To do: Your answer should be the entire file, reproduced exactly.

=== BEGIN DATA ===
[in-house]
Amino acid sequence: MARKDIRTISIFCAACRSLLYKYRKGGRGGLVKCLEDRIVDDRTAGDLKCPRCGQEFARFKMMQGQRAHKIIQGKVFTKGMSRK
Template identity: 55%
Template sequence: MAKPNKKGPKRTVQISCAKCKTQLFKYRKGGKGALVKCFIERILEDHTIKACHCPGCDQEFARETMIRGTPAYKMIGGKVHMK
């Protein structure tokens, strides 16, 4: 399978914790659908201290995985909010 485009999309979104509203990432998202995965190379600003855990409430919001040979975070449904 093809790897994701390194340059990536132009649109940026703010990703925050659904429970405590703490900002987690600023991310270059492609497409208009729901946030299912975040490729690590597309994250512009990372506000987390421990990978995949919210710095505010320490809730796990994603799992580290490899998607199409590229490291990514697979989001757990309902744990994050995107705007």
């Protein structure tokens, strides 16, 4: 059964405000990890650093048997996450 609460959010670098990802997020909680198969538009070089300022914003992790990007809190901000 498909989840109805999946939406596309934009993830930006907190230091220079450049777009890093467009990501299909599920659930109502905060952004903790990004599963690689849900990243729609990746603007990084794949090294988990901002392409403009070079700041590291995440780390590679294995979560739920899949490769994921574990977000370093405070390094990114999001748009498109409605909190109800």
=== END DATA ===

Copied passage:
[in-house]
Amino acid sequence: MARKDIRTISIFCAACRSLLYKYRKGGRGGLVKCLEDRIVDDRTAGDLKCPRCGQEFARFKMMQGQRAHKIIQGKVFTKGMSRK
Template identity: 55%
Template sequence: MAKPNKKGPKRTVQISCAKCKTQLFKYRKGGKGALVKCFIERILEDHTIKACHCPGCDQEFARETMIRGTPAYKMIGGKVHMK
């Protein structure tokens, strides 16, 4: 399978914790659908201290995985909010 485009999309979104509203990432998202995965190379600003855990409430919001040979975070449904 093809790897994701390194340059990536132009649109940026703010990703925050659904429970405590703490900002987690600023991310270059492609497409208009729901946030299912975040490729690590597309994250512009990372506000987390421990990978995949919210710095505010320490809730796990994603799992580290490899998607199409590229490291990514697979989001757990309902744990994050995107705007």
């Protein structure tokens, strides 16, 4: 059964405000990890650093048997996450 609460959010670098990802997020909680198969538009070089300022914003992790990007809190901000 498909989840109805999946939406596309934009993830930006907190230091220079450049777009890093467009990501299909599920659930109502905060952004903790990004599963690689849900990243729609990746603007990084794949090294988990901002392409403009070079700041590291995440780390590679294995979560739920899949490769994921574990977000370093405070390094990114999001748009498109409605909190109800």